COURTESY KABA MODERN
Dance crew Kaba Modern represents a group that is 34 members strong.
Dancers stepped it up for TV show
CABLE network MTV has suffered repeated criticism over the years for not airing enough music videos, opting instead for mindless drivel like "My Super Sweet 16" and "The Hills."
Place: Aloha Stadium
Time: 7:30 p.m. Sunday
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Those complaints faded a bit earlier this year, however, when "America's Best Dance Crew" made its debut in January. Executive produced by Randy Jackson (of "American Idol" fame), the show brought together 12 of the best crews from around the country to battle it out for $100,000 and bragging rights.
Based in Irvine, Calif., Kaba Modern was one of four teams picked to represent the West Coast. They finished third in the competition behind San Diego's Jabawockeez and Boston's Status Quo after eight weeks on the show.
Kaba Modern members Jia Huang, Lawrence Kao, Cindy Minowa, Mike Song and Yuri Tag spoke with the Star-Bulletin via conference call last week about their MTV experience and how it has affected them.
QUESTION: How did Kaba Modern come about?
JIA HUANG: It all started 16 years ago. We're actually a club at the (University of California-Irvine) called Kababayan. They'd put on a Filipino culture night and do a lot of cultural dances.
Our founder, Arnel Calvario, wanted to establish a new crew ... and so Kaba Modern became the Filipino modern dance. It just developed every year until it became this group now, which is 34 (people) strong.
Q: Who picked the final six members to be on the show?
LAWRENCE KAO: Arnel sat down with the (team) coordinators for 2007, which were Cindy Minowa, Mike Song and myself. We just picked out the people who could best represent Kaba Modern as a whole to be on TV.
Q: Looking back, did you expect all this attention from being on the show?
MIKE SONG: Honestly, we're very grateful for the opportunity. When we first embarked on this journey, we really didn't expect anything.
We thought it would be a small TV show and just did it for fun. We're just trying to give back for everything that we've been given.
Q: What was it like being on the show from week to week?
YURI TAG: We would get one challenge every week ... (so) a typical week would be filming on Tuesday, and then we would find out our next challenge the day after. And then we wouldn't get the rough edit of the music until Friday.
And then even with the rough edit, we knew the music was going to change, so the dancing would change too. Friday, Saturday and Sunday, like all day we'd try to create the concept for the routine and just practice pretty much the whole day.
Q: Was it the hardest you've ever worked?
YT: Before all of our competitions, we'd always have a hell week. And that was really intense, because we'd practice from 9 p.m. until like 5 or 6 in the morning every day before the competition.
But what made this experience different was that we were on the show for, like, eight weeks, so it was like hell week every week. And it's just stressful with the changes in the environment, like staying at the hotel all day and being with the same people all the time. It was difficult psychologically ... but it was definitely a good experience overall.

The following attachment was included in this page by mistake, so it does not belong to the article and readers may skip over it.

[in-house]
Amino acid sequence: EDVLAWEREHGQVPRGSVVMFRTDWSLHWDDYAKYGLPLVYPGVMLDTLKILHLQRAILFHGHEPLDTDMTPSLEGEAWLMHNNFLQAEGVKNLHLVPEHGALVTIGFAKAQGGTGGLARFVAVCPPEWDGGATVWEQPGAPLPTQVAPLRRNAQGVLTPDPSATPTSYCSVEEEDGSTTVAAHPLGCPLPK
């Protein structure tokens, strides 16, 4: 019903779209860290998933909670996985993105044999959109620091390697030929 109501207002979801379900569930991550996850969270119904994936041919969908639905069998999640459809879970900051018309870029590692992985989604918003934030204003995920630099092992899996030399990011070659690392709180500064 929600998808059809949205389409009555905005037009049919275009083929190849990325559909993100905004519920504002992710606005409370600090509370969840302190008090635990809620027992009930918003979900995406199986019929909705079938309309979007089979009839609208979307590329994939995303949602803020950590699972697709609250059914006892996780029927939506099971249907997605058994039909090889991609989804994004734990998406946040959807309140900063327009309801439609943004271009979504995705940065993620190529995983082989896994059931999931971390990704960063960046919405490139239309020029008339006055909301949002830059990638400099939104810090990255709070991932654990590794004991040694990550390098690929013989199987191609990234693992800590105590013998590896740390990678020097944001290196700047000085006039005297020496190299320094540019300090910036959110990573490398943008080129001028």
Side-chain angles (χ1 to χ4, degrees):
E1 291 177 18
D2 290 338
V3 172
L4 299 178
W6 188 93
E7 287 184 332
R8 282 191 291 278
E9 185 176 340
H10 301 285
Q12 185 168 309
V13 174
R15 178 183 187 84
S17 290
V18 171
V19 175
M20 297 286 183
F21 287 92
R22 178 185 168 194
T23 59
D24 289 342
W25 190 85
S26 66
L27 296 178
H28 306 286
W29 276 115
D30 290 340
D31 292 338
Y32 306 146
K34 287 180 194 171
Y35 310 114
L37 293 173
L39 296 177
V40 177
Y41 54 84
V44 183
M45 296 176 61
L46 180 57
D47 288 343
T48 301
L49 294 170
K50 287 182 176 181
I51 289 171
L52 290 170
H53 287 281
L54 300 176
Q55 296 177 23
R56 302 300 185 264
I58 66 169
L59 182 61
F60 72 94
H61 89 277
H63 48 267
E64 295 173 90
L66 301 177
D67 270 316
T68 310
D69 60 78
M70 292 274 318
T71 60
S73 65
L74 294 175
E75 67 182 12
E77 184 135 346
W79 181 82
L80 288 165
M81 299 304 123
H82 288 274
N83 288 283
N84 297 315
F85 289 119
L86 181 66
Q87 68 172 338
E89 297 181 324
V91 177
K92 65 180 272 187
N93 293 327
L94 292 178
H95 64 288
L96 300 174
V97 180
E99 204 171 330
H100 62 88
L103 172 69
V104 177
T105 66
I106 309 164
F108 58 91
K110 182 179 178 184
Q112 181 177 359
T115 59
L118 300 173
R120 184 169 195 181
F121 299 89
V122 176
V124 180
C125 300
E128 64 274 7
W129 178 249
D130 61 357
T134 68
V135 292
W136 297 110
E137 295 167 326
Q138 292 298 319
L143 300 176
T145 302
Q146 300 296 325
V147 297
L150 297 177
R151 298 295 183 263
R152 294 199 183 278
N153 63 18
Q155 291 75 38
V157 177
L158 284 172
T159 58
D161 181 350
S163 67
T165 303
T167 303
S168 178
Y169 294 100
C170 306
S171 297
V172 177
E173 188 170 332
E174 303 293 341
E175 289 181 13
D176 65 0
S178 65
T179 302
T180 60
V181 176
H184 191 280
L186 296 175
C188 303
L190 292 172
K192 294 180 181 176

Q: Does anyone have a favorite episode or performance from Season 1?
CINDY MINOWA: Michael Jackson was probably my favorite, because Michael is a huge hero of mine and to be able to rock it on stage in front of America was definitely an honor for me.
JH: I have to say one of the most thrilling weeks was not even any of the weeks of the show (itself). It was the audition special because everything was so new and we didn't know what to expect.
I don't think any of us will ever forget that first touch of what the show was going to be like.
Q: Was the level of competition higher than you expected?
MS: I think because it was such a brand new concept ... all the crews were able to bond with each other. We didn't know what we were getting ourselves into. We were like the guinea pigs together, and that made it so cool for us.
They housed all the crews in one big hotel, so it was like one big dance dormitory ... (and) we all hung out together and got really close. It was like competing against your friends.
Q: Did that make it harder to bring it during the show?
MS: Well, it got more and more painful each week to see a crew leave, because they had to leave the hotel and we wouldn't be seeing them anymore.
Q: What is it like now that the show is over?
LK: When we're walking around, we'll get fans recognizing us. After the show, we've just been getting a lot of opportunities to travel around the United States and Canada to perform and teach. And we get free stuff, too!
Q: Do you see yourselves as role models for kids interested in the performing arts?
CM: I don't know if I actually qualify to be a role model, but all we ask is that we hopefully instill some inspiration in kids to start dancing and direct that energy in a good and positive way.
YT: We're definitely excited to meet all of the younger kids. We haven't been able to do a lot of performances for the younger crowd, yet.